Thelma Todd - Rotten Tomatoes

Thelma Todd

Highest Rated:   100% Counsellor at Law (1933)
Lowest Rated:   67% The Maltese Falcon (1931)
Birthday:  
Birthplace:   Not Available
Gorgeous blonde comedienne Thelma Todd was born in Massachusetts, where for two years she was a sixth-grade teacher at Lowell Normal School. After winning the Miss Massachusetts beauty contest in 1924, Todd was selected by producer Jesse L. Lasky to join Paramount Pictures' newly created school for young actors; the school lasted only one year, during which time Todd and her 15 "classmates" (among them Charles "Buddy" Rogers, later the husband of Mary Pickford) appeared in the Paramount film Fascinating Youth (1926). She remained at Paramount until 1927, then moved to First National, where she made her talkie bow in the horror-comedy Seven Footprints to Satan (1929). Though she yearned for dramatic roles, Todd was best suited to comedy, as proven by her long association with the Hal Roach Studios. After appearing as leading lady and comic foil to Harry Langdon, Charley Chase, and Laurel and Hardy, Thelma was given her own starring series of Roach two-reelers in 1931, teamed first with ZaSu Pitts and then with Patsy Kelly. She also appeared with the Marx Brothers in Paramount's Horse Feathers (1932) and Duck Soup (1933); with Joe E. Brown in Broad Minded (1931) and Son of a Sailor (1933); with Buster Keaton in Speak Easily (1932); and with Wheeler and Woolsey in Hips, Hips, Hooray (1934) and Cockeyed Cavaliers (1934). In 1931, she became the protegée and lover of eccentric director Roland West, who decreed that Thelma was too good for mere comic roles and decided to promote her as a dramatic actress. He changed her name to Alison Loyd and starred her in his gangster melodrama Corsair (1931), but the metamorphosis didn't take and soon she was back to comedy assignments with her original name, with a few noncomic roles in such films as the original Maltese Falcon (1931). Late in 1935, Thelma made her last feature-film appearance as the Gypsy Queen in Laurel and Hardy's The Bohemian Girl (1936). On December 14, 1935, hours after leaving a party in an uncharacteristic ill temper, Thelma was found dead in her garage, slumped over the steering wheel of her car. Thelma had died of carbon monoxide poisoning; to this day, it has never been satisfactorily determined whether she committed suicide, was murdered by the gangsters who had recently tried to extort money from her, or died accidentally. Out of respect for their well-liked co-worker, Laurel and Hardy had all but one of Thelma Todd's scenes removed from the final release print of Bohemian Girl.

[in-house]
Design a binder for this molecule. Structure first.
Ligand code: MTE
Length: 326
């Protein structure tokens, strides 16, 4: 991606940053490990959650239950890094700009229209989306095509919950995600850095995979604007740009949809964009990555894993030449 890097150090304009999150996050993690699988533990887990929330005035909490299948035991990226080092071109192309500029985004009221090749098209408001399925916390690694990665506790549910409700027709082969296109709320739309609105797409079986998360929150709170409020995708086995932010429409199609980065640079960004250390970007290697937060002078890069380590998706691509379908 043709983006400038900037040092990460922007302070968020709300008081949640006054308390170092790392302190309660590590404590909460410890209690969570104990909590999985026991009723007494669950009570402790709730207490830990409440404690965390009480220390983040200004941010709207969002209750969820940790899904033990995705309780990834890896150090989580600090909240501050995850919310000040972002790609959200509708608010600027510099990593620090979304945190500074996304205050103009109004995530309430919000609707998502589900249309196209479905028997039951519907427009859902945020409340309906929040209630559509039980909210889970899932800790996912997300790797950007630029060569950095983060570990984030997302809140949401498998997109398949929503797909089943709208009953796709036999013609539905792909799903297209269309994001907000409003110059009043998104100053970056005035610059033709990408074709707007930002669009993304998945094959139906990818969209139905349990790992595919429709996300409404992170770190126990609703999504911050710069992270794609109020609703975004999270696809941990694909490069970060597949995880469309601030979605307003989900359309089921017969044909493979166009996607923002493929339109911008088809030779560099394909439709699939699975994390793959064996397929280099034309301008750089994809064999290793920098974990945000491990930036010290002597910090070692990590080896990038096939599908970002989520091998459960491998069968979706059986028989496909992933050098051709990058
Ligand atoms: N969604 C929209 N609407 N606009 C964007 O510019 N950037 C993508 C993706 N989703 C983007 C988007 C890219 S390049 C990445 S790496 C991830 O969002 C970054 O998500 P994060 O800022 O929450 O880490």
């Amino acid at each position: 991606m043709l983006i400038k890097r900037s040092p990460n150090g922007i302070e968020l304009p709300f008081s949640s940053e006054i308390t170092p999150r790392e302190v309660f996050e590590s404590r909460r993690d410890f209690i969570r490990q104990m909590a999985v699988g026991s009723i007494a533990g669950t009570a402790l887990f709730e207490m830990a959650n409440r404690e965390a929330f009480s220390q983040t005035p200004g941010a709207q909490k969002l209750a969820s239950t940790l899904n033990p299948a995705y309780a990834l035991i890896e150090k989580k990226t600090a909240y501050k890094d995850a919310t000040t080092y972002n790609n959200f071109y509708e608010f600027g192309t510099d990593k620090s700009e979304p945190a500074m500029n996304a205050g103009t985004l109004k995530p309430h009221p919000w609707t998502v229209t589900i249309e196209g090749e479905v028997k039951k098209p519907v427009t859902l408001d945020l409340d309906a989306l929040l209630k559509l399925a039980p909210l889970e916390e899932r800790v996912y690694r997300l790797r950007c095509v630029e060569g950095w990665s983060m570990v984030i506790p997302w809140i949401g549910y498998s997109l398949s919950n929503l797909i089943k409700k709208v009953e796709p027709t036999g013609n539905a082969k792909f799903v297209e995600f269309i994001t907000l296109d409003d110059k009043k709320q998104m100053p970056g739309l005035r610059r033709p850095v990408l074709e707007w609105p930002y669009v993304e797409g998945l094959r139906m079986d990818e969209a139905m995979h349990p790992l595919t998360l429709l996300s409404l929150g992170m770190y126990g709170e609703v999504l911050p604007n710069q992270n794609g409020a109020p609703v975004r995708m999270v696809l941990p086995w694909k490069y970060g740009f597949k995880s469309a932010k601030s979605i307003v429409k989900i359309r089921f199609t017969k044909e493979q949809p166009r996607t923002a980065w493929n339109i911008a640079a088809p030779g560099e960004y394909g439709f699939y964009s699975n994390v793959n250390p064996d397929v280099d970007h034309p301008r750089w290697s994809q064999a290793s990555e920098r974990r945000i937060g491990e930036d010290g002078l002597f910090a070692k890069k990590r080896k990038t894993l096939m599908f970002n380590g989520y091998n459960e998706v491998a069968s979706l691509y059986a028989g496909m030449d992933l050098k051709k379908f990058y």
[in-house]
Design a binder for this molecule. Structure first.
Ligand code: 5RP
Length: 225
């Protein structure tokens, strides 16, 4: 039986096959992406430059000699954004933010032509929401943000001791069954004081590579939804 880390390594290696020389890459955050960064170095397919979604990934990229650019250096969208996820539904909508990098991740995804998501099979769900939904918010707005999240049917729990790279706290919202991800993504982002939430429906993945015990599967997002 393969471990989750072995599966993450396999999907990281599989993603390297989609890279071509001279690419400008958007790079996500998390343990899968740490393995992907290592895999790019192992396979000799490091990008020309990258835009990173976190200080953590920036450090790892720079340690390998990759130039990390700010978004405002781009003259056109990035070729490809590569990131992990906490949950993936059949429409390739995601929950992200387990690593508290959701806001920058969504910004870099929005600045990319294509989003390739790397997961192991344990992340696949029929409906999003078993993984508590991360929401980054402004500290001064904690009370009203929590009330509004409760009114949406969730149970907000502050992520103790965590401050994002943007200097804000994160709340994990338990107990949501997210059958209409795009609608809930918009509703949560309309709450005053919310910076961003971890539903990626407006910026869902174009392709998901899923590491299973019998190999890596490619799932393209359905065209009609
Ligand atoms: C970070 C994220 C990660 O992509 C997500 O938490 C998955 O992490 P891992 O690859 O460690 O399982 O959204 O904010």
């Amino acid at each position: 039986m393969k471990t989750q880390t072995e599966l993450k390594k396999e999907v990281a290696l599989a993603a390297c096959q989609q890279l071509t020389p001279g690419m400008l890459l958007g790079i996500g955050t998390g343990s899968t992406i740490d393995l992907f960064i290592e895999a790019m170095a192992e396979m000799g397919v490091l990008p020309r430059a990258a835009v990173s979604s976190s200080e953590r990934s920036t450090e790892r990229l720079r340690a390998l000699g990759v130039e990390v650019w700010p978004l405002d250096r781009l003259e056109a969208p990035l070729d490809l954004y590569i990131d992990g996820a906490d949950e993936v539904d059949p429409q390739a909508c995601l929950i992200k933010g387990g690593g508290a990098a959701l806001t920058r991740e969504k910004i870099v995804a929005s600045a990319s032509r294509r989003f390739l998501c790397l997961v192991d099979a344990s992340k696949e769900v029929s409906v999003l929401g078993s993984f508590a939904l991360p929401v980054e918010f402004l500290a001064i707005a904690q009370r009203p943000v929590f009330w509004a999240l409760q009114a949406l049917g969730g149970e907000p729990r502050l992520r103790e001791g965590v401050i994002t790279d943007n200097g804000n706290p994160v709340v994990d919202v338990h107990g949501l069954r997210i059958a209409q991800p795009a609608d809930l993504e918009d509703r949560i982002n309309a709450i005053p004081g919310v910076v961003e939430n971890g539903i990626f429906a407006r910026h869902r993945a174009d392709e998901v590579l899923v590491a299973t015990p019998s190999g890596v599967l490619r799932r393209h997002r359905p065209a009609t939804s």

Highest Rated Movies

Filmography

MOVIES

RATING TITLE CREDIT BOX OFFICE YEAR
No Score Yet Klondike
  • Klondike
2014
No Score Yet Unaccustomed As We Are
  • Actor
2011
No Score Yet Hips, Hips, Hooray!
  • Actor
1999
No Score Yet Laurel & Hardy
  • Actor
1958
No Score Yet The Bohemian Girl
  • Gypsy queen's daughter
1936
No Score Yet Cockeyed Cavaliers
  • Lady Genevieve
1934
No Score Yet Palooka
  • Trixie
1934
No Score Yet Hips, Hips Hooray
  • Amelia Frisby
1934
No Score Yet Lightning Strikes Twice
  • Judith 'Judy' Nelson
1934
100% Counsellor at Law
  • Lillian La Rue
1933
No Score Yet The Devil's Brother
  • Lady Pamela
1933
No Score Yet Sitting Pretty
  • Actor
1933
96% Horse Feathers
  • Connie Bailey
1932
No Score Yet Speak Easily
  • Eleanor Espere
1932
No Score Yet Red Noses
  • Thelma
1932
No Score Yet The Big Timer
  • Kay Mitchell
1932
No Score Yet Call Her Savage
  • Sunny De Lane
1932
94% Monkey Business
  • Lucille Briggs
1931
67% The Maltese Falcon
  • Iva Archer
1931
No Score Yet Chickens Come Home
  • Mrs. Hardy
1931
No Score Yet Corsair
  • Alison Corning
1931
No Score Yet Another Fine Mess
  • Lady Plumtree
1930
No Score Yet Unaccustomed As We Are
  • Mrs. Kennedy
1929
No Score Yet The Long, Long Trail
  • Actor
1929
No Score Yet Naughty Baby
  • Actor
1928
No Score Yet The Noose
  • Phyllis
1928
No Score Yet Nevada
  • Hettie Ide
1927

Quotes from Thelma Todd's Characters